1. Julian Hawthorne
2. Godfrey Sweven
Julian Hawthorne (1846-1934)
Julian is the son of Nathaniel Hawthorne, one of the giants of 19th century literature. He was a journalist, (not particularly talented) writer of sensational fiction, and social studies. After the turn of the century he became entangled in fraudulent ventures and served a prison term.
NB: Nathaniel Hawthorne was a prolific author of supernatural and SF fiction, including such classics as "Dr. Heidegger's Experiment," "The New Adam and Eve," "The Artist of the Beautiful," "Rappaccini's Daughter."
* "An Automatic Enigma" (Belgravia, May 1878). Borderline SF, a reworking of "The Headless Horseman." In 1873, in a small American town, local beauty Nellie and visiting Ned are attracted to each other. But Nellie accuses Ned of being too much like an automaton, they quarrel, and he leaves town. Some months later, the famous Dutch Automaton comes to town, and performs human-like feats on stage... including tossing a bouquet to Nellie. Later, when Nellie is out with her new suitor, the automaton assaults him and kidnaps Nellie. We're led to suspect that the automaton was really Ned in disguise.
* "June, 1993" (Cosmopolitan, February 1893). A reworking of "Rip Van Winkle." The narrator, who has been reading accounts of sleepers who have awakened in future utopias, has fallen into a long slumber out of boredom, and does not awaken until 1993. The central fact of future life is the flying machine, which has revolutionized society: the American population commutes from far-flung, mostly self-sufficient homesteads; there are only four major cities, no villages or towns, and various pleasure-centers; national governments and boundaries have ceased to exist, and the races have mixed. Unusual in postulating future social evolution on the basis of technology, rather than evoking politics or economics.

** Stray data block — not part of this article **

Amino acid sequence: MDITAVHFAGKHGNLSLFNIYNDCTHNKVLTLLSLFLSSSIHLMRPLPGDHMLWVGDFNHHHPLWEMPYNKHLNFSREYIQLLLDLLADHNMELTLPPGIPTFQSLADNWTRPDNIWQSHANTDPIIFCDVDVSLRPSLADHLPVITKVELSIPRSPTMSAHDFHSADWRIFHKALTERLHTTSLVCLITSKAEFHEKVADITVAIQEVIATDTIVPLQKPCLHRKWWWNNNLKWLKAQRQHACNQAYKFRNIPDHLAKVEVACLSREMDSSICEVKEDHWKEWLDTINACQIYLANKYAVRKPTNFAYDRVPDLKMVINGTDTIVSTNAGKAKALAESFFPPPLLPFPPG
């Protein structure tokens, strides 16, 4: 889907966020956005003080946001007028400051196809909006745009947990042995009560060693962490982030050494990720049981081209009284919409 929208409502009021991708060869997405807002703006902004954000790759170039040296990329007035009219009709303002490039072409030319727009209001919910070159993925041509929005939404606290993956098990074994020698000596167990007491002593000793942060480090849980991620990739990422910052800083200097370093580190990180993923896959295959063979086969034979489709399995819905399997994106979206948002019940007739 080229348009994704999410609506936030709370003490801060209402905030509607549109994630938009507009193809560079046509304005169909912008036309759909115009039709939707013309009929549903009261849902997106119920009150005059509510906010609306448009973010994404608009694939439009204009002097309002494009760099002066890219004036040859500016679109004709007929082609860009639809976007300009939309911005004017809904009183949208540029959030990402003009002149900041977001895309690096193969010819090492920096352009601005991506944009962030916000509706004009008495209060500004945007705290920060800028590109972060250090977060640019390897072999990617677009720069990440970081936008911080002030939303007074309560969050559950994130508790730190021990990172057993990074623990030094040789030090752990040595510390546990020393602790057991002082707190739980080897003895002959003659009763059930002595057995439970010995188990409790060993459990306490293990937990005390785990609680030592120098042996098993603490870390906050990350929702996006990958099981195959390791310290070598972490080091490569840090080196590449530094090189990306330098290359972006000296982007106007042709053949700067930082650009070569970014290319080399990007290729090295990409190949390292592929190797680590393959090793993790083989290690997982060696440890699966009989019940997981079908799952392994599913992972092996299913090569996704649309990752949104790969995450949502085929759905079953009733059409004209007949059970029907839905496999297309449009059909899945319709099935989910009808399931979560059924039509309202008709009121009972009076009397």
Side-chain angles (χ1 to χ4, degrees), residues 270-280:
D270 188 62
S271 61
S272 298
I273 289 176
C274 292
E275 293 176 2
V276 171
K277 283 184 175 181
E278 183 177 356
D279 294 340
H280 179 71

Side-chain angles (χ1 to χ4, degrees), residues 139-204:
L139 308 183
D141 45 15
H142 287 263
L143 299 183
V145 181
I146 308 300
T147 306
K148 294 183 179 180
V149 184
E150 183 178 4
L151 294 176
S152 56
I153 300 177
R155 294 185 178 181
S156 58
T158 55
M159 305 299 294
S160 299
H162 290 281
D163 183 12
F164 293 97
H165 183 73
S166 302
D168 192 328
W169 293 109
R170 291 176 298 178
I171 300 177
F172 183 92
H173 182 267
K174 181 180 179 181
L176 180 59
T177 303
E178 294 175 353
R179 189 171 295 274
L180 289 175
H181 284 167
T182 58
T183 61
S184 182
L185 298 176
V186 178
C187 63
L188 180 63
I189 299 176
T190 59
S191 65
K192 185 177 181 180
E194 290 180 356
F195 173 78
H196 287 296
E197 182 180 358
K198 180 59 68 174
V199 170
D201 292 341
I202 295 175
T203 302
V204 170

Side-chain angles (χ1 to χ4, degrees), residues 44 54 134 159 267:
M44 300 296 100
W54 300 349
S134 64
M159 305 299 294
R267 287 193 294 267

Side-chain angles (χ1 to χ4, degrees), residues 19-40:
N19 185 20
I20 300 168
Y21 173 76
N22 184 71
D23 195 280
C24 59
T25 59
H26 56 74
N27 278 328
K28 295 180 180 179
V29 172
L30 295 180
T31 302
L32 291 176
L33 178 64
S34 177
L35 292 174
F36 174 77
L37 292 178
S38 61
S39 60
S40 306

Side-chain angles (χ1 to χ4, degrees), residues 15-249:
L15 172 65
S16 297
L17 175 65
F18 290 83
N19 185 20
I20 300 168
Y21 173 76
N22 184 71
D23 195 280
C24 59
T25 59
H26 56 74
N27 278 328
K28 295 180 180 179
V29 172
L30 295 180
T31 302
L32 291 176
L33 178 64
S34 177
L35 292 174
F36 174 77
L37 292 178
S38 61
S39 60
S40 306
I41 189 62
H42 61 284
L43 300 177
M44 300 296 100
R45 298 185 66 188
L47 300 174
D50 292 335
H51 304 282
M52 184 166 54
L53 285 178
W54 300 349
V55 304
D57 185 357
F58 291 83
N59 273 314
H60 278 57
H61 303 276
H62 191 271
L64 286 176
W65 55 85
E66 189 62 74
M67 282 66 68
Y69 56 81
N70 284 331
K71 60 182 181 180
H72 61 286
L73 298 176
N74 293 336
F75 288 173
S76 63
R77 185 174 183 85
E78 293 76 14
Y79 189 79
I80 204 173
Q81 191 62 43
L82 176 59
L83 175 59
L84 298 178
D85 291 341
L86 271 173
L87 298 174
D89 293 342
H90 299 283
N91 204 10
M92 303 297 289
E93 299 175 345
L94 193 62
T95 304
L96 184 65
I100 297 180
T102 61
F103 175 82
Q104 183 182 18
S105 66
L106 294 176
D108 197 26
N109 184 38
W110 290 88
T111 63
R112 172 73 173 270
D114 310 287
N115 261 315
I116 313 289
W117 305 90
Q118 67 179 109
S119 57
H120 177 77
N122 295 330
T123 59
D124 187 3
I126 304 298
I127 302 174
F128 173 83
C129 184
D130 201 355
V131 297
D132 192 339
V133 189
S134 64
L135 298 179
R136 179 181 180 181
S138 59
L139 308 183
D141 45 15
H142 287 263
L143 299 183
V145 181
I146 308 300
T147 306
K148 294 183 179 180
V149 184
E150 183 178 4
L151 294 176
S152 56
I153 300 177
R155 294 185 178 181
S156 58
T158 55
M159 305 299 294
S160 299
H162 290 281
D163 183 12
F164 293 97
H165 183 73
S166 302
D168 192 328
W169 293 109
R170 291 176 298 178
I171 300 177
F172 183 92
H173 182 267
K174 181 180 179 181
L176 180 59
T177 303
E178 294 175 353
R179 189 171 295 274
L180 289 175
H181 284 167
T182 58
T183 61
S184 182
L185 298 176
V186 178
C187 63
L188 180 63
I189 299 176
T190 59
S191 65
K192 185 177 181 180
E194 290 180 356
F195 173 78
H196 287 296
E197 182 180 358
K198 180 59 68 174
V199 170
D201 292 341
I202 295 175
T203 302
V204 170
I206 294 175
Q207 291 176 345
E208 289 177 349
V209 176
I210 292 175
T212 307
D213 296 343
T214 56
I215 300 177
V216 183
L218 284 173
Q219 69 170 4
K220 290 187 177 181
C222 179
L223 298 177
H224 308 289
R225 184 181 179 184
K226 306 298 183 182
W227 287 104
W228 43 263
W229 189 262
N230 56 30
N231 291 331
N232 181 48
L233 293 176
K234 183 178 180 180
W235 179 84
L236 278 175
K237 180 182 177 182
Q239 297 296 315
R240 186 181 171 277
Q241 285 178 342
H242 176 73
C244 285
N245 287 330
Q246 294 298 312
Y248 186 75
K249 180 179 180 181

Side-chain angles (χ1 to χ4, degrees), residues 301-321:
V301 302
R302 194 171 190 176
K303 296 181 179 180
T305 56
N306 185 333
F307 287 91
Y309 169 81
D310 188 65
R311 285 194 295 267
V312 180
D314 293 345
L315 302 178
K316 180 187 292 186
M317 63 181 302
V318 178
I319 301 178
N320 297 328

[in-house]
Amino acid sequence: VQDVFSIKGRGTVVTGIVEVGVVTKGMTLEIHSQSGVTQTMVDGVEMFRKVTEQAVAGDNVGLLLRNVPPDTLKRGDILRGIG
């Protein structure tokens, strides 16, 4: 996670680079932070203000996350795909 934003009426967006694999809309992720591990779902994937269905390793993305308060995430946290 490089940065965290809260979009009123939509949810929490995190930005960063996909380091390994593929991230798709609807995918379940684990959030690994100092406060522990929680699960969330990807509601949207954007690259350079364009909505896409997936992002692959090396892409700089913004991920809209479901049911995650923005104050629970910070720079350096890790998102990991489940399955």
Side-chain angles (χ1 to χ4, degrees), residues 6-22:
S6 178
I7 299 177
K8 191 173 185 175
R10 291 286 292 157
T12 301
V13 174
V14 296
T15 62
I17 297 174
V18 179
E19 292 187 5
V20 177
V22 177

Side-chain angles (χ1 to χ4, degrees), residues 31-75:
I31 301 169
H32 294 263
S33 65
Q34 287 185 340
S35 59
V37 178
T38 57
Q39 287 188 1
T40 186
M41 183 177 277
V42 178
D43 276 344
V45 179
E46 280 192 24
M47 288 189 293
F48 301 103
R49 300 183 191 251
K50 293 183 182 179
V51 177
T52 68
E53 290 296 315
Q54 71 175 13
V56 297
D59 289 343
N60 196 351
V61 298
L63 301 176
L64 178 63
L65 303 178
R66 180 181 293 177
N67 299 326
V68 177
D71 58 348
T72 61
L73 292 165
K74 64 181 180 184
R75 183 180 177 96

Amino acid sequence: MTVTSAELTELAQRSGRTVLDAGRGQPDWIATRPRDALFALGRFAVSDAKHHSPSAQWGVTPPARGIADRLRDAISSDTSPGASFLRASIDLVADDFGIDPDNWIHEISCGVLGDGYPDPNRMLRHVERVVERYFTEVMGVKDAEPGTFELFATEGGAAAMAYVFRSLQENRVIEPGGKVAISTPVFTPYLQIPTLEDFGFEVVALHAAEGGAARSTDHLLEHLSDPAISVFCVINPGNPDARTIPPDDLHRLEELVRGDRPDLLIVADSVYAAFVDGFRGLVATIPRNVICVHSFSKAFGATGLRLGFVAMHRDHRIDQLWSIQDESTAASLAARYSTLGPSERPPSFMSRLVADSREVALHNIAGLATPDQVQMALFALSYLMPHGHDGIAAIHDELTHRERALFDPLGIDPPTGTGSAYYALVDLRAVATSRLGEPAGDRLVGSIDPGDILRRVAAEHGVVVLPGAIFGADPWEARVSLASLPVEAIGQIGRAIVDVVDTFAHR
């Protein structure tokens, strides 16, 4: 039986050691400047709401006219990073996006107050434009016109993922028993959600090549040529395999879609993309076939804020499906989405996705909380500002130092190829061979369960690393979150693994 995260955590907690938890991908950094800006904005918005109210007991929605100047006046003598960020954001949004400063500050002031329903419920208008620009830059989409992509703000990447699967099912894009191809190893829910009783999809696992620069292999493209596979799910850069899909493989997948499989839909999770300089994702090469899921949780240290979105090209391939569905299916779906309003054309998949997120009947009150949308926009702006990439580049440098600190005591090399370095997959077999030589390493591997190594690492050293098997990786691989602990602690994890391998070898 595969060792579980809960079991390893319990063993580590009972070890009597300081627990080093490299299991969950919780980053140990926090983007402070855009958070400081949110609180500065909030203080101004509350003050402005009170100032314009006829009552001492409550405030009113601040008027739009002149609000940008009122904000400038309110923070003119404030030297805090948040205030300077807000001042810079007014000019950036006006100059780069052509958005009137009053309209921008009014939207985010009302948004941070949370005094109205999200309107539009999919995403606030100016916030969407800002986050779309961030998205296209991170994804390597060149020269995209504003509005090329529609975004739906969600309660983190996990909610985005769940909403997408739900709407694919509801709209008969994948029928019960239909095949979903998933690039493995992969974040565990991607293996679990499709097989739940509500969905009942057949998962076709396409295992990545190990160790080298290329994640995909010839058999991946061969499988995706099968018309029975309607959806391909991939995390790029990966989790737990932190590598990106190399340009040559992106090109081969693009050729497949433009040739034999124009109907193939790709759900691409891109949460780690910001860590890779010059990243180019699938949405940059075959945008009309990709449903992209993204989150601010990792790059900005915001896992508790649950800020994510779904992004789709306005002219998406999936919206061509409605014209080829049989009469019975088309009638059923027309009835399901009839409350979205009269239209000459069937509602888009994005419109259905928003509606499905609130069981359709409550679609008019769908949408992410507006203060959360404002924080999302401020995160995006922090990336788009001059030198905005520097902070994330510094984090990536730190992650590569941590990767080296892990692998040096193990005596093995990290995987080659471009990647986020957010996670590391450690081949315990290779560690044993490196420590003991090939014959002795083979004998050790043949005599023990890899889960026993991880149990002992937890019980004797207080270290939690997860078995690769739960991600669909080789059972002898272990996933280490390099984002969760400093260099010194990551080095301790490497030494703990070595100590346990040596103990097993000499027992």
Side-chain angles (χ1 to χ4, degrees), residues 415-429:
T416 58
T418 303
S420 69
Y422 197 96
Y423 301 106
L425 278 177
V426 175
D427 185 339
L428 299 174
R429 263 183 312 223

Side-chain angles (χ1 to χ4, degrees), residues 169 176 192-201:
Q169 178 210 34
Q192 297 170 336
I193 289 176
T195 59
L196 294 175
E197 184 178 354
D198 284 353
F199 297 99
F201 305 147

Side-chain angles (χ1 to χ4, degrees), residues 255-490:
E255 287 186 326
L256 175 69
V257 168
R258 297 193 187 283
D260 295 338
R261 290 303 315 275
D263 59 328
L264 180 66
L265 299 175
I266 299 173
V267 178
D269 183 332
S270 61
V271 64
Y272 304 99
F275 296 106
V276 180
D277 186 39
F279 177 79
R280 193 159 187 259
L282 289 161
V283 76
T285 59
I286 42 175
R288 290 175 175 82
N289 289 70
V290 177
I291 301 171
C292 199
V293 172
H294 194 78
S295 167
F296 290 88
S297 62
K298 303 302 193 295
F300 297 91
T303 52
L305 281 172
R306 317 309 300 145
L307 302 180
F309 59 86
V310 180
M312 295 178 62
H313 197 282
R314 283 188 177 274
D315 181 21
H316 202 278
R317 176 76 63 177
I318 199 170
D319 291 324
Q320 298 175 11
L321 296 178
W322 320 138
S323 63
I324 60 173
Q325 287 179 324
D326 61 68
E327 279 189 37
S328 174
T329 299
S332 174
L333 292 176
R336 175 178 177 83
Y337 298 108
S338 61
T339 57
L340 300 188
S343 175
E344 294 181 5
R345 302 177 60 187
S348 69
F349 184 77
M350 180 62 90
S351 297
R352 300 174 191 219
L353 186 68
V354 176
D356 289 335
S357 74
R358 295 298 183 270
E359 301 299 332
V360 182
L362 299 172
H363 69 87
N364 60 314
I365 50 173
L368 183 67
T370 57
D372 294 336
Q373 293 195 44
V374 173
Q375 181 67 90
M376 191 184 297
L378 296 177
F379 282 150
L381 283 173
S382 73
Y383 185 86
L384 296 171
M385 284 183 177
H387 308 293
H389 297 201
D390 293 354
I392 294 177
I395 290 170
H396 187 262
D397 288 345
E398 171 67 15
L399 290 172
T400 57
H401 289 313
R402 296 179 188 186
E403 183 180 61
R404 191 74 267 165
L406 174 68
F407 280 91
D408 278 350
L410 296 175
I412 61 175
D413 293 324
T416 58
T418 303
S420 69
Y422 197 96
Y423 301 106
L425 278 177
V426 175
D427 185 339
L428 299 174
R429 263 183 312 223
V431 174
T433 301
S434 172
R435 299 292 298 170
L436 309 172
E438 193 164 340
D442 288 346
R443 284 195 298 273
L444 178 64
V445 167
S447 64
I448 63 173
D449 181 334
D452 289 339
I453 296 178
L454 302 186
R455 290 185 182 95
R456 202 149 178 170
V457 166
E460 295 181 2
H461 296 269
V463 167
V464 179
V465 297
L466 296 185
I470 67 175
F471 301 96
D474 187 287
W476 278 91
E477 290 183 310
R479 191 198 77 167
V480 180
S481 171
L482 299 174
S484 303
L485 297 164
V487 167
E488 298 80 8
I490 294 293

* "The Electrical Engineer's Story," Six Cent Sam's (The Price-McGill Co.: St. Paul, 1893).
* "My Own Story," Six Cent Sam's (The Price-McGill Co.: St. Paul, 1893).
* Hawthorne edited the 10-volume The Lock and Key Library: Classic Mystery and Detective Stories (The Review of Reviews Co.: New York, 1909). Sensational fiction of various sorts, much translated from roughly contemporary Continental sources. The Modern French volume includes Guy de Maupassant's classic SF and horror tale, "The Horla."
* The Cosmic Courtship (All-Story, November 24—15 December, 1917). An example of mixed Fantasy and SF. In 2001, Manhattan has grown enormously, with huge skyscrapers and individual flying machines. Women have equal rights. Miriam Mayne answers a psychic message and meets Mary Faust, an expert in interplanetary communication and matter transmission. Miriam's etheric body (or something like that) is accidentally projected to Saturn, while her unconscious body remains behind; her fiance, Jack Paladin, follows her on the one-way voyage. Adventures ensue.
Godfrey Sweven (1846-1935)
Godfrey Sweven — pseudonym of John Macmillan Brown — was a Scotland-born New Zealand educator, historian, administrator.
* Riallaro: The Archipelago of Exiles (Putnam: New York, 1901). The first part of a long description of ideal societies, in this volume mostly satirical of aspects of modern civilization and humanity in general. Not strongly science fictional — would be considered a utopia, not SF. But needed for full comprehension of the second volume. More TK.
* Limanora: The Island of Progress (Putnam: New York, 1903). Second volume. An extraordinarily detailed survey of an ideal society based on individual and cultural perfectibility, with a total faith in scientific progress and a complete orientation toward the future. Everett Bleiler says: "Limanora is one of the great master-works of science-fiction. It is not easy reading and is very long, but in imagination and profundity (whether one agrees with it or not) it overshadows similar works and is probably the greatest of all early utopian novels."